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Ottawa must end fossil fuel financing at Export Development Canada

A landmark report issued last month by the UN’s Intergovernmental Panel on Climate Change (IPCC) warned of catastrophic and irreversible consequences unless the world slashes carbon emissions by about half by 2030. Despite this urgency, Canada’s export credit agency, Export Development Canada (EDC), continues to provide roughly $10 billion a year in financing to oil and gas companies, and the Crown corporation has no plans to phase out its support for fossil fuels.

Ottawa must end fossil fuel financing at Export Development CanadaUnder the Paris Agreement, Canada is committed to “making finance flows consistent with a pathway towards low greenhouse gas emissions.” Yet EDC’s support for fossil fuels last year amounted to more than six times the $1.5 billion it provided to “cleantech” companies.

EDC claims to be working to “tackle climate change.” But the legislation governing EDC, which is currently under review, imposes no obligations on the agency regarding Canada’s international climate commitments.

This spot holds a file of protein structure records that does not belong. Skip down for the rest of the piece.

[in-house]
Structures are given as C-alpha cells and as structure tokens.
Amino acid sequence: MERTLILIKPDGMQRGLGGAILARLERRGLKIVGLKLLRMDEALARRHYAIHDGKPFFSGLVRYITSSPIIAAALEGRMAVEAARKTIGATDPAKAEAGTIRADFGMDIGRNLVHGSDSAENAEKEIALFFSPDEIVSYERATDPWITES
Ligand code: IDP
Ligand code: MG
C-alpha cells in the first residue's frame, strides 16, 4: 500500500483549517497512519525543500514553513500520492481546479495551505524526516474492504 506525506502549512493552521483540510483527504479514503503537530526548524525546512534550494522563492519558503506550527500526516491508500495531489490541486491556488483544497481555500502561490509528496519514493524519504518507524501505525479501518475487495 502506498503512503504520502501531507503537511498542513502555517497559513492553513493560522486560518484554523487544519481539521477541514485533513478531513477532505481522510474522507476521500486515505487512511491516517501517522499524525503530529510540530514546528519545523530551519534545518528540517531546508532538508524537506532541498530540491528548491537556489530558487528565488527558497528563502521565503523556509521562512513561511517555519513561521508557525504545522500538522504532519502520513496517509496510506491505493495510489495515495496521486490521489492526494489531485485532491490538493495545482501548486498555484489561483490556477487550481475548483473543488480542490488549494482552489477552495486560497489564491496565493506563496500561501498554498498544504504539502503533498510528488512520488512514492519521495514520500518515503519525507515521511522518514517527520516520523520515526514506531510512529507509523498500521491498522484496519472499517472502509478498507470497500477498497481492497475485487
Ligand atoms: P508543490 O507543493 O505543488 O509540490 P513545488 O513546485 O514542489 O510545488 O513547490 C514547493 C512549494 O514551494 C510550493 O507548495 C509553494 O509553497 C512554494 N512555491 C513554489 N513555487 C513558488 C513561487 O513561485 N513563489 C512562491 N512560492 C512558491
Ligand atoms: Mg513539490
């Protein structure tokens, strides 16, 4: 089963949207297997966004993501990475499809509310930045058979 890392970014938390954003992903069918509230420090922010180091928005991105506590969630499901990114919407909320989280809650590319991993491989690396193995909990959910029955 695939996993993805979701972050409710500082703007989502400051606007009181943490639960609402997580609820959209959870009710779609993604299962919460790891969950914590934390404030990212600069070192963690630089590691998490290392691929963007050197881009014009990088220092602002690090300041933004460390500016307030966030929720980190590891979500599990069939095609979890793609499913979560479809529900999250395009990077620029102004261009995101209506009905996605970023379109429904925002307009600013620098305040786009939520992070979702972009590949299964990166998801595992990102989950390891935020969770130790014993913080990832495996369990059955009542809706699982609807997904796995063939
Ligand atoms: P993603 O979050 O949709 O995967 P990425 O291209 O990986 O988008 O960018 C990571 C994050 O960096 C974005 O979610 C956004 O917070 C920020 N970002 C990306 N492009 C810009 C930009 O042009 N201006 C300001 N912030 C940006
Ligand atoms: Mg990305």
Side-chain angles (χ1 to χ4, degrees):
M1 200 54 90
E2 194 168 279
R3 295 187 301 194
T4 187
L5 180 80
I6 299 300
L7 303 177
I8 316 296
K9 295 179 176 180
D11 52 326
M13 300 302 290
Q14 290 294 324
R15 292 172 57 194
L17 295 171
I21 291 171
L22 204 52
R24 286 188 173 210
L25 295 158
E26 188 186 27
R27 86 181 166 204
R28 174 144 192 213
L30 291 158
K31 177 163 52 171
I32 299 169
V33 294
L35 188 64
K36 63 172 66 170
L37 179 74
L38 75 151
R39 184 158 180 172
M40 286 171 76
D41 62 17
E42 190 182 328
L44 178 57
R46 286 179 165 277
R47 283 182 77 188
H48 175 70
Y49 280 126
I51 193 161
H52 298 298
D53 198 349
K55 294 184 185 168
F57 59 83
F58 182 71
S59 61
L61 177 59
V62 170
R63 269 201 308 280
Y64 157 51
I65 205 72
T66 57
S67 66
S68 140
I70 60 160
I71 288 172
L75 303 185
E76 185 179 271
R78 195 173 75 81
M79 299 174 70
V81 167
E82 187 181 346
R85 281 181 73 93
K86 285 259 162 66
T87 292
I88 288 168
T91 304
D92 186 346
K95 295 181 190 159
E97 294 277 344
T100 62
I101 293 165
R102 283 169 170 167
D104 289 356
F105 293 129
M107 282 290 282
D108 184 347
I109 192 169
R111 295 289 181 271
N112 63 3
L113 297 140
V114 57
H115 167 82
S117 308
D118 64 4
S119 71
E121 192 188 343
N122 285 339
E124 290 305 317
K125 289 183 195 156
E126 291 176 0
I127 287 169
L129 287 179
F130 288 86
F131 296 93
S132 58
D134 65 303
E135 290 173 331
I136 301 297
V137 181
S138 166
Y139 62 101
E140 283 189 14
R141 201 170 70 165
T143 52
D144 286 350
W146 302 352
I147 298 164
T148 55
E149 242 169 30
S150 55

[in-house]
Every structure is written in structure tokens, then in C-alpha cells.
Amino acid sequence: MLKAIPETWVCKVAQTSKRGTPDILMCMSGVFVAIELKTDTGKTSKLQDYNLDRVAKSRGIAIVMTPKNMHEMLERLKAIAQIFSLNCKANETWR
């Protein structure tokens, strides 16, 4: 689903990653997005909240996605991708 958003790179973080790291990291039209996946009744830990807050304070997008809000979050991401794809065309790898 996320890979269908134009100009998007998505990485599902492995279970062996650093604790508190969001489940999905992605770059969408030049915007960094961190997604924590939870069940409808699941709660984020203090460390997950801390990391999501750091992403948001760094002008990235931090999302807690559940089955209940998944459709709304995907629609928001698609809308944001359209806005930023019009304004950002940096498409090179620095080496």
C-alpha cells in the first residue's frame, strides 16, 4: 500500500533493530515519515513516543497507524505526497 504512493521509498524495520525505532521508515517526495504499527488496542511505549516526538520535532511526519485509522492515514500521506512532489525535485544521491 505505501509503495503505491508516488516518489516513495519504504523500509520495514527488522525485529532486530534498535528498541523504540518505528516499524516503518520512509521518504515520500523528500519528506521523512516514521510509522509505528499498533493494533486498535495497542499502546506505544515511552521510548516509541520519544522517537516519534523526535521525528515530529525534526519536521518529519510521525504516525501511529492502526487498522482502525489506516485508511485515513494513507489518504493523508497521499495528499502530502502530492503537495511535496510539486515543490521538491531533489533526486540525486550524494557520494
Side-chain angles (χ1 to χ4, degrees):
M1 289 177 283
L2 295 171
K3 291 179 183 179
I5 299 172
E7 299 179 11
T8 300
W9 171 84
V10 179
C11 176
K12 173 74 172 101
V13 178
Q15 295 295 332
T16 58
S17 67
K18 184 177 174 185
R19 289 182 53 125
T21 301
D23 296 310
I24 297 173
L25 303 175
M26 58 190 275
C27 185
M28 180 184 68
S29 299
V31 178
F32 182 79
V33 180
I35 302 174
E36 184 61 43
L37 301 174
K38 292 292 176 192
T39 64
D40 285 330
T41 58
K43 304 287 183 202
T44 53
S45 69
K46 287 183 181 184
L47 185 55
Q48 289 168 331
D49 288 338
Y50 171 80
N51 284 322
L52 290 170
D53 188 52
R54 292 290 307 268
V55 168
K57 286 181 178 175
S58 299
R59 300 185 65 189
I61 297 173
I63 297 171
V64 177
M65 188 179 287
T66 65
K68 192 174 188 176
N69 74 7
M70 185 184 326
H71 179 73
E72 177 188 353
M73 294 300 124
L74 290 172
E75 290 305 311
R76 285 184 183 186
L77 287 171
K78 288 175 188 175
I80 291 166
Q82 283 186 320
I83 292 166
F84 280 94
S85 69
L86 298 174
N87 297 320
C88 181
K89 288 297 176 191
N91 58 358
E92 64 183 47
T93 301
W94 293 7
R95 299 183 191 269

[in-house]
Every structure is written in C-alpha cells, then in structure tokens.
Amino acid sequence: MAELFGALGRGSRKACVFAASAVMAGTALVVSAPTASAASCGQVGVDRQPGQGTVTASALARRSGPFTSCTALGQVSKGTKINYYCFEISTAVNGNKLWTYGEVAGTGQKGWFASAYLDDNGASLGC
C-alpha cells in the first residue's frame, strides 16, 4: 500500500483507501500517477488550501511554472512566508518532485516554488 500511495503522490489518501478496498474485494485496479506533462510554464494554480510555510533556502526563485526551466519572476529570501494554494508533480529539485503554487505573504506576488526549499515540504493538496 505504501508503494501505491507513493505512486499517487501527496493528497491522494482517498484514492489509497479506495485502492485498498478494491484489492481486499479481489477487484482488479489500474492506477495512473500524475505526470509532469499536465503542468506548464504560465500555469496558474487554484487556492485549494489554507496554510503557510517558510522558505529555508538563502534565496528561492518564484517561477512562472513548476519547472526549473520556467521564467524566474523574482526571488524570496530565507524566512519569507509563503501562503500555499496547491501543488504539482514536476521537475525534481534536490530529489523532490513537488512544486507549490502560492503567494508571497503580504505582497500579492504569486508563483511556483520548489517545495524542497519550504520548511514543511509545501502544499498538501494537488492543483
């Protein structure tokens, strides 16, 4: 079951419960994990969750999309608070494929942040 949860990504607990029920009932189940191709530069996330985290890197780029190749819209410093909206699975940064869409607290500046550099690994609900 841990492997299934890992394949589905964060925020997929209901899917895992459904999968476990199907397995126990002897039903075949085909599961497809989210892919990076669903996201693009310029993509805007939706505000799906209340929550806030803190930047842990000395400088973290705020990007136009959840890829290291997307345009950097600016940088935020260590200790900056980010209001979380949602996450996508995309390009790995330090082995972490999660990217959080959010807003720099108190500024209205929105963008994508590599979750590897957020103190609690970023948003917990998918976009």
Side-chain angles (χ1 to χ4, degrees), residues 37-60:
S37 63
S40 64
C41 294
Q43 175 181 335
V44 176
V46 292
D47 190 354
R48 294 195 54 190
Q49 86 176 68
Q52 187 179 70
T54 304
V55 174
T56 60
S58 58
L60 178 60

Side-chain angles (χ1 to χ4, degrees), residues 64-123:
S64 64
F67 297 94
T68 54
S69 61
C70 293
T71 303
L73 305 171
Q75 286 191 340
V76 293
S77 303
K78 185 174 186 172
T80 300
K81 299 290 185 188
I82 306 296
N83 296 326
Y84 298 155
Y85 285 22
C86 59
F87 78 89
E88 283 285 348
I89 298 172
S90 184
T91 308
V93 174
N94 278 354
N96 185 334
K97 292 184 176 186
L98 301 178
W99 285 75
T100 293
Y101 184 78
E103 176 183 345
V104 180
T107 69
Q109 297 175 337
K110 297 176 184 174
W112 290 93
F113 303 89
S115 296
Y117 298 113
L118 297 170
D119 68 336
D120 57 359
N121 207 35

In this submission to the federal government, we call on Ottawa to reform the Export Development Act to align it with Canada’s commitments under the Paris Agreement. This means prohibiting EDC from supporting fossil fuel companies and projects, including those to develop or expand infrastructure for the transport or consumption of oil, gas and coal.

The recommendations in this submission are endorsed by the following organizations:

  • Climate Action Network Canada
  • Committee for Human Rights in Latin America
  • David Suzuki Foundation
  • Environmental Defence
  • Friends of the Earth Canada
  • Greenpeace Canada
  • Mining Injustice Solidarity Network
  • Oil Change International
  • Oxfam Canada
  • Projet Accompagnement Québec-Guatemala
  • United Church of Canada

We have also made a separate submission calling for extensive legal reforms to bring accountability and transparency to EDC’s management of environmental, human rights and corruption risks.